31 Jan 2017

SUBJECTS: Labor’s focus on jobs; Holden ceasing production.
BRENDAN O’CONNOR, SHADOW MINISTER FOR EMPLOYMENT AND WORKPLACE RELATIONS: Thanks for coming. I’m here today to talk to matters that affect this state, and the nation more broadly. Firstly, I am here with my Parliamentary colleague, Nick Champion, who has a very significant interest in what happens to workers at Holden and indeed what happens with manufacturing in this State. I’m also here with Lee Odenwalder as well who’s a State Member who has an Electorate that represents many Holden workers and of course their fate changes dramatically on the 20th of October this year when Holden closes its doors.
I think it’s absolutely vital for people to remember that it is the Abbott-Turnbull Government that presided over the death of the car industry. When the former Treasurer, Joe Hockey stood up in Parliament and goaded Holden to leave our shores, the following day a decision was made to do just that. What we’ve seen as a result of that decision and by the failure of the Government to invest in the car industry is thousands of jobs disappear. Thousands of jobs of car makers but as a consequence tens of thousands of jobs will go in the automotive parts sector of manufacturing.
We need to see a better effort by the Government firstly to deal with the transition of those workers that are losing their jobs, into other work and secondly to ensure that they work with the small and medium enterprises that are in the manufacturing sector that need to remain in the supply chain in order to ensure that manufacturing in this nation continues to grow, continues to survive and thrive. That cannot happen without the efforts of Government, both State and Federal. We want the Turnbull Government to engage fully with those small and medium enterprises that could just as easily collapse as a result of the car makers leaving Australia.
So big decisions to be made by a Government. Investment in this State is critical. With a significantly high unemployment rate. We have a 5.7 per cent unemployment rate nationally, we have over 1 million Australians who are now saying that they are looking for more work and cannot find it. So under employment is its highest in our history and we have a youth unemployment rate of almost 14 percent in some parts of Adelaide as we know we’ve got youth unemployment more than 20 per cent.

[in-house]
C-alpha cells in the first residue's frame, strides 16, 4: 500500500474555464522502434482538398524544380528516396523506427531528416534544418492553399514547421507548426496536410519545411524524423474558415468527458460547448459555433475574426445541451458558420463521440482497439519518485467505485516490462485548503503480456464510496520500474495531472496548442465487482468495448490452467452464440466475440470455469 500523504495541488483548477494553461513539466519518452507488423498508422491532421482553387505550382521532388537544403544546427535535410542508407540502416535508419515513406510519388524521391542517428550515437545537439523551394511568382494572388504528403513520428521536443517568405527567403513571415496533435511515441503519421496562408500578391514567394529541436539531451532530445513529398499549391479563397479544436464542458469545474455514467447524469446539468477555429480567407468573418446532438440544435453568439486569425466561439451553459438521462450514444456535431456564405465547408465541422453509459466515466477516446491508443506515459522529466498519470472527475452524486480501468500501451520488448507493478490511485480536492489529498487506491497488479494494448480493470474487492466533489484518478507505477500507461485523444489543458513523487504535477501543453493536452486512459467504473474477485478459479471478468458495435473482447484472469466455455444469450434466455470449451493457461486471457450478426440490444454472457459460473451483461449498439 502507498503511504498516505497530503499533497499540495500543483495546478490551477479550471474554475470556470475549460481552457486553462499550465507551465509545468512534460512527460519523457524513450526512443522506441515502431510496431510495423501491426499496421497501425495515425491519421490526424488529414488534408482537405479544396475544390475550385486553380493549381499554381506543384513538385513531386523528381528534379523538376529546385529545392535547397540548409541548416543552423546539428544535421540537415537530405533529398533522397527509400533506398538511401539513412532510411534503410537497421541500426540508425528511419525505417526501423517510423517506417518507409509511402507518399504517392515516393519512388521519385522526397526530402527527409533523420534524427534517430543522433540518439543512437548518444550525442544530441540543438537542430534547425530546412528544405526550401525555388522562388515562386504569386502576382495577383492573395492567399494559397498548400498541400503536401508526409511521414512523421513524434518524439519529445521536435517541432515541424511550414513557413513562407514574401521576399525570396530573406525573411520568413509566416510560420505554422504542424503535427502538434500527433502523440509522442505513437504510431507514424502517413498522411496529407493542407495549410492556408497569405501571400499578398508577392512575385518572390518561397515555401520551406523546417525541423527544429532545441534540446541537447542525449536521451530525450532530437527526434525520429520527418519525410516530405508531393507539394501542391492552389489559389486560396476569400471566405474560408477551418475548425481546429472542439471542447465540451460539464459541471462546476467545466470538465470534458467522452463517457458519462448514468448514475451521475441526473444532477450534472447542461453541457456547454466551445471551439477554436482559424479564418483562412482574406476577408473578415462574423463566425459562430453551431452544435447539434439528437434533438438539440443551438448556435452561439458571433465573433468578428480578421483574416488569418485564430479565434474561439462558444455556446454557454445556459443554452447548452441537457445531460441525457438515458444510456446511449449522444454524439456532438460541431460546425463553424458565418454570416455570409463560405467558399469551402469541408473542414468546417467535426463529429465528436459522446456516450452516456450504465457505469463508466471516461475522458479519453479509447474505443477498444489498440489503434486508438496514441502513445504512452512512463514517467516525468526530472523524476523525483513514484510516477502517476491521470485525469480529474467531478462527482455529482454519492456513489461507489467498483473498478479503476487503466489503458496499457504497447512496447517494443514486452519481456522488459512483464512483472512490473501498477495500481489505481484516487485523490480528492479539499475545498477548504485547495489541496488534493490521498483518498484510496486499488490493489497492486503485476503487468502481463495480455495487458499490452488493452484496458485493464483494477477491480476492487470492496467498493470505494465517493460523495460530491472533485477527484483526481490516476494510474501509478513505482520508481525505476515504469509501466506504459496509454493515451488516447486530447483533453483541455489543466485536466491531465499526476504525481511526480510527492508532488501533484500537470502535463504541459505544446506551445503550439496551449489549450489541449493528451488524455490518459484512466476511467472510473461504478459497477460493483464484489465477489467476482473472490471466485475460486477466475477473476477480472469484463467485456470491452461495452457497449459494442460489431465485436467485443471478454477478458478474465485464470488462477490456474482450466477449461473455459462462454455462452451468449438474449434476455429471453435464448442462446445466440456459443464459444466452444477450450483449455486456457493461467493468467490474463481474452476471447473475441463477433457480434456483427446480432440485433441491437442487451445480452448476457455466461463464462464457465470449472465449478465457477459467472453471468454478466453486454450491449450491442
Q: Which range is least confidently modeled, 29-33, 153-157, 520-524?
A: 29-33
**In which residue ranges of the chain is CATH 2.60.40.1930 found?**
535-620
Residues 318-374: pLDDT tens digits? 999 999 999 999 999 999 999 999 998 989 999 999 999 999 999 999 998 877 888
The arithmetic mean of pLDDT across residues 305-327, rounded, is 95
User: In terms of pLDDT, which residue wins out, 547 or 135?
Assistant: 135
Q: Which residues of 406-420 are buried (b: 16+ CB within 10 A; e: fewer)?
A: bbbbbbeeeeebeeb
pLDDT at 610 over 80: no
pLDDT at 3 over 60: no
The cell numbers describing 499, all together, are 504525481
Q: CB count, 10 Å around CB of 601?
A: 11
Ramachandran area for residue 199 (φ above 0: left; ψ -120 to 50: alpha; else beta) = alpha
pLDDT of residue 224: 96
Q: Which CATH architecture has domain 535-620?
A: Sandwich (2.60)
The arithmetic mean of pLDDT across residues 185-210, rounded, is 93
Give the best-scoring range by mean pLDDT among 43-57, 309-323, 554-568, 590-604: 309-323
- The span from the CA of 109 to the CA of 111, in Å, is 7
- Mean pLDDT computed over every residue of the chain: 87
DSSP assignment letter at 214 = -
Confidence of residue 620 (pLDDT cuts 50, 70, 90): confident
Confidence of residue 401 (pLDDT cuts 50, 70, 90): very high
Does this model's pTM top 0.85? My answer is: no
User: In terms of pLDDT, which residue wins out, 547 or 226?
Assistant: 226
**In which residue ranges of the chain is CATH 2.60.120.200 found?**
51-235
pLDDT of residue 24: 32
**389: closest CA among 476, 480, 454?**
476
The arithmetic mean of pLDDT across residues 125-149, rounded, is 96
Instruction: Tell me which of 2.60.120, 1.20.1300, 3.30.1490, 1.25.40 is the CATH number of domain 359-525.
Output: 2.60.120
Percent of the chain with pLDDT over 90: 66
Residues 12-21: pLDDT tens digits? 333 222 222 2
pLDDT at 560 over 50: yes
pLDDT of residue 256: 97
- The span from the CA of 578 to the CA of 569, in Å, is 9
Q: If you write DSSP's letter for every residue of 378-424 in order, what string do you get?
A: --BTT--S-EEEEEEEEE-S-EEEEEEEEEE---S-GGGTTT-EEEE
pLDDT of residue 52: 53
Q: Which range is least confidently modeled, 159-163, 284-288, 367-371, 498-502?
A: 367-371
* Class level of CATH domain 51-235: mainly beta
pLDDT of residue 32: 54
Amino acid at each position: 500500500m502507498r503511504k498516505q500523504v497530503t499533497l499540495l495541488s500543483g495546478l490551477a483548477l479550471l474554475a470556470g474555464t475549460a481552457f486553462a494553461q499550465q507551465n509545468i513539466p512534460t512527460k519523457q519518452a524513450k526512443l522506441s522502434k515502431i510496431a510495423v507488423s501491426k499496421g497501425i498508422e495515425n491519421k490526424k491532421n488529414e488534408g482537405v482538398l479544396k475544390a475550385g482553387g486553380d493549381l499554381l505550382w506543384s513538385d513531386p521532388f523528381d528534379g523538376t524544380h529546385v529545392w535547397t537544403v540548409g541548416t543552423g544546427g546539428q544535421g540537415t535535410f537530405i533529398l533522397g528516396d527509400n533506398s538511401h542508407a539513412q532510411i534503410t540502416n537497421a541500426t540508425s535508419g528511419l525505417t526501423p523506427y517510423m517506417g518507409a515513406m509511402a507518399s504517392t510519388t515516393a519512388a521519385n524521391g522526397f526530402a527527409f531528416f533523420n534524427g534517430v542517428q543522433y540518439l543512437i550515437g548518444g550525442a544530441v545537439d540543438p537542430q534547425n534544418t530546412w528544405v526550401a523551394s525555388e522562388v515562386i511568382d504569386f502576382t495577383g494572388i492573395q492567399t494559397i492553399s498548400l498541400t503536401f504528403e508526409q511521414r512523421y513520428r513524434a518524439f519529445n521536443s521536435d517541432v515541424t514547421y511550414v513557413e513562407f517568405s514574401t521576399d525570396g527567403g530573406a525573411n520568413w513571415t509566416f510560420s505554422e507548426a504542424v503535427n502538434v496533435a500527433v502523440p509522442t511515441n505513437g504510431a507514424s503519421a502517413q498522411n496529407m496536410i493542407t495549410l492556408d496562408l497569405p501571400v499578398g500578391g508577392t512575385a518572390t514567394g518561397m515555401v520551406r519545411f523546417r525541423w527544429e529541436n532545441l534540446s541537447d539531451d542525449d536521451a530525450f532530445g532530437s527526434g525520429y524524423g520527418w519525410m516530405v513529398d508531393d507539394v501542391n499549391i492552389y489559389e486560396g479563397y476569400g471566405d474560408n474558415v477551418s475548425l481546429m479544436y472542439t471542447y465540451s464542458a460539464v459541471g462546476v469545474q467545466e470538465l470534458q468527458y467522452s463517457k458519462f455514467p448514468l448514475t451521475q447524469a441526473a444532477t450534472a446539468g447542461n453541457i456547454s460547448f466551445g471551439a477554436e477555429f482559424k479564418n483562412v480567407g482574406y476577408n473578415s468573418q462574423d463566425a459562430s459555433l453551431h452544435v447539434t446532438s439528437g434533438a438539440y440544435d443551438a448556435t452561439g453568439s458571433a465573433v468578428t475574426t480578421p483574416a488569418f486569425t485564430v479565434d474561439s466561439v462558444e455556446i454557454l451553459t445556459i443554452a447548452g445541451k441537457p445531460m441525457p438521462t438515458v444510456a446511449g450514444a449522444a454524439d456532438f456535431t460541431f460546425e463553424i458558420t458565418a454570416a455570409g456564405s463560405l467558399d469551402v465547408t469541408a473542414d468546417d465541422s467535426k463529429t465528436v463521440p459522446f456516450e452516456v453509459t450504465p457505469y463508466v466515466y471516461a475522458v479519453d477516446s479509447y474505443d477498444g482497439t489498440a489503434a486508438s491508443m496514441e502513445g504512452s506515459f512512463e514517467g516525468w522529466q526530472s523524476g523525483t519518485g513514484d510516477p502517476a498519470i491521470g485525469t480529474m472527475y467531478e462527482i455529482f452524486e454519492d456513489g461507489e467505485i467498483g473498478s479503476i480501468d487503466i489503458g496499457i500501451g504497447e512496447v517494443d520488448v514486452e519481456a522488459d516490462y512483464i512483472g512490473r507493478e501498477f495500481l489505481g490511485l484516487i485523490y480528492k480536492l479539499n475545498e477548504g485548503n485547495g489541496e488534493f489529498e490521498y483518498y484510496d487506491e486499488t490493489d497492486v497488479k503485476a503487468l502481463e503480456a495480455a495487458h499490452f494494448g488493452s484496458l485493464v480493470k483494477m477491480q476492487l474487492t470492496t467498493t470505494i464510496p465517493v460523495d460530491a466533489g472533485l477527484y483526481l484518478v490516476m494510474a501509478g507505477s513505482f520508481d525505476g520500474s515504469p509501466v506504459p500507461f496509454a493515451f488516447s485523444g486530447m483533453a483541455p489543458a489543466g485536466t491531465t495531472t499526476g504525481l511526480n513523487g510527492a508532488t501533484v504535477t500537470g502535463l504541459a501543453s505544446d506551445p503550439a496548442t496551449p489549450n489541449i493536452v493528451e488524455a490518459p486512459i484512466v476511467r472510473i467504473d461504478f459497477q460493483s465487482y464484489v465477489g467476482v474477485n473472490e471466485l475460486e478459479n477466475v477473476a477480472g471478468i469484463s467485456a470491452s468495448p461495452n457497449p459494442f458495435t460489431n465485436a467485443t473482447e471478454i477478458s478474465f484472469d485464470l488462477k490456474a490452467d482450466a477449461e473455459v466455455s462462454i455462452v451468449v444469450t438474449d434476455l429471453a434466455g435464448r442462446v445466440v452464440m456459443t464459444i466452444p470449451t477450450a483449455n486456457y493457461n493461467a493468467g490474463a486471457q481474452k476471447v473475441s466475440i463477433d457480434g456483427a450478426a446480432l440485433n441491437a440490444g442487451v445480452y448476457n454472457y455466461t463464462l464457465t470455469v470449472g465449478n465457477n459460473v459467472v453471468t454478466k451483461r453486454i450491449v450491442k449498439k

So there’s some very significant challenges for the Government today. Nick and I will be meeting with Holden and will be meeting with workers and Unions to talk about the next step for those workers. We would hope and we expect Holden to do the right thing here by its work force. We are more concerned about the smaller enterprises that are going to have difficulty transitioning their work force into new work that’s why the Government’s role is so critical in this area.
I might ask Nick to make a few comments and then happy to take questions.
NICK CHAMPION SHADOW ASSISTANT MINISTER FOR MANUFACTURING AND SCENCE: Thanks Brendan. It’s great to have Brendan here today and great to be here with Lee.
We’re going to be heading out to Holden later on to visit their transition centre. Which is all about helping workers, assisting workers to go from the car industry, which is very sadly being closed in Australia to new and emerging industries. Obviously it’s critical that not just car industry workers, but all of the workers that have been affected by this Government’s terrible record on jobs, whether it be in shipbuilding or steel or in car industries. All the industries that basically have been traditional mainstays of South Australia’s economy. It’s critically important that we help these workers adjust to this period and help them transition to new industries. It’s also important the Government actually steps up to the plate and starts having an industry policy.